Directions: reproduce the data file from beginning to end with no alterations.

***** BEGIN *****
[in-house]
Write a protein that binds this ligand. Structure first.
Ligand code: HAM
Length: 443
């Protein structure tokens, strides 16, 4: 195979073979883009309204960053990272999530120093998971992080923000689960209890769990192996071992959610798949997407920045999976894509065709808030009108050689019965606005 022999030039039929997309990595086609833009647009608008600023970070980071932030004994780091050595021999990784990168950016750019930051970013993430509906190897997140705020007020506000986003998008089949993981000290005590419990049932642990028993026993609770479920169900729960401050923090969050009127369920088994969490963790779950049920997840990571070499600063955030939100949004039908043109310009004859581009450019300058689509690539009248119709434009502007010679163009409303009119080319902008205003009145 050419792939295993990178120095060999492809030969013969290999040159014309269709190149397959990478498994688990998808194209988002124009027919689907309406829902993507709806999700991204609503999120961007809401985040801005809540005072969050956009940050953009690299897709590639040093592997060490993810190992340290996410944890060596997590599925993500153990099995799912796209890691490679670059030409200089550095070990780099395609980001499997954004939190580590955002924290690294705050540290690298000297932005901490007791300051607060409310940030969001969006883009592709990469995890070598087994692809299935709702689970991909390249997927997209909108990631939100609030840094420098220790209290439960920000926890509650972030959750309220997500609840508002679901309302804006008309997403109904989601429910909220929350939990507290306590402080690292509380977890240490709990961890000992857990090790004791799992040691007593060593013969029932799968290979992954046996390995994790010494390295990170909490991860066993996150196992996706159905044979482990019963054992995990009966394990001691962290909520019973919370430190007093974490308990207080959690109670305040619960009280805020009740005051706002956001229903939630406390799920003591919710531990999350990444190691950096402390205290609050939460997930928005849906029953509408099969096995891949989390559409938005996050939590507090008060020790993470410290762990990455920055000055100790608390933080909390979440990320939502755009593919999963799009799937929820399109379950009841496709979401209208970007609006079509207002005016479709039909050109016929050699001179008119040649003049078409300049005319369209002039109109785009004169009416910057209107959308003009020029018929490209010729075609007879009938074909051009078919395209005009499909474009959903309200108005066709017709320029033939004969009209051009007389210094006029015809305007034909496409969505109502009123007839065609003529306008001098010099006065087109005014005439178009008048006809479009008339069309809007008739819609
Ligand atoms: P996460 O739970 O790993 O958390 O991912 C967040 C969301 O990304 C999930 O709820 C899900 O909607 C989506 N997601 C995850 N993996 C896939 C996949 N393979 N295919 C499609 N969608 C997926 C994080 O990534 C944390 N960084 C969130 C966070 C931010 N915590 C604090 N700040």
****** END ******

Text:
[in-house]
Write a protein that binds this ligand. Structure first.
Ligand code: HAM
Length: 443
């Protein structure tokens, strides 16, 4: 195979073979883009309204960053990272999530120093998971992080923000689960209890769990192996071992959610798949997407920045999976894509065709808030009108050689019965606005 022999030039039929997309990595086609833009647009608008600023970070980071932030004994780091050595021999990784990168950016750019930051970013993430509906190897997140705020007020506000986003998008089949993981000290005590419990049932642990028993026993609770479920169900729960401050923090969050009127369920088994969490963790779950049920997840990571070499600063955030939100949004039908043109310009004859581009450019300058689509690539009248119709434009502007010679163009409303009119080319902008205003009145 050419792939295993990178120095060999492809030969013969290999040159014309269709190149397959990478498994688990998808194209988002124009027919689907309406829902993507709806999700991204609503999120961007809401985040801005809540005072969050956009940050953009690299897709590639040093592997060490993810190992340290996410944890060596997590599925993500153990099995799912796209890691490679670059030409200089550095070990780099395609980001499997954004939190580590955002924290690294705050540290690298000297932005901490007791300051607060409310940030969001969006883009592709990469995890070598087994692809299935709702689970991909390249997927997209909108990631939100609030840094420098220790209290439960920000926890509650972030959750309220997500609840508002679901309302804006008309997403109904989601429910909220929350939990507290306590402080690292509380977890240490709990961890000992857990090790004791799992040691007593060593013969029932799968290979992954046996390995994790010494390295990170909490991860066993996150196992996706159905044979482990019963054992995990009966394990001691962290909520019973919370430190007093974490308990207080959690109670305040619960009280805020009740005051706002956001229903939630406390799920003591919710531990999350990444190691950096402390205290609050939460997930928005849906029953509408099969096995891949989390559409938005996050939590507090008060020790993470410290762990990455920055000055100790608390933080909390979440990320939502755009593919999963799009799937929820399109379950009841496709979401209208970007609006079509207002005016479709039909050109016929050699001179008119040649003049078409300049005319369209002039109109785009004169009416910057209107959308003009020029018929490209010729075609007879009938074909051009078919395209005009499909474009959903309200108005066709017709320029033939004969009209051009007389210094006029015809305007034909496409969505109502009123007839065609003529306008001098010099006065087109005014005439178009008048006809479009008339069309809007008739819609
Ligand atoms: P996460 O739970 O790993 O958390 O991912 C967040 C969301 O990304 C999930 O709820 C899900 O909607 C989506 N997601 C995850 N993996 C896939 C996949 N393979 N295919 C499609 N969608 C997926 C994080 O990534 C944390 N960084 C969130 C966070 C931010 N915590 C604090 N700040």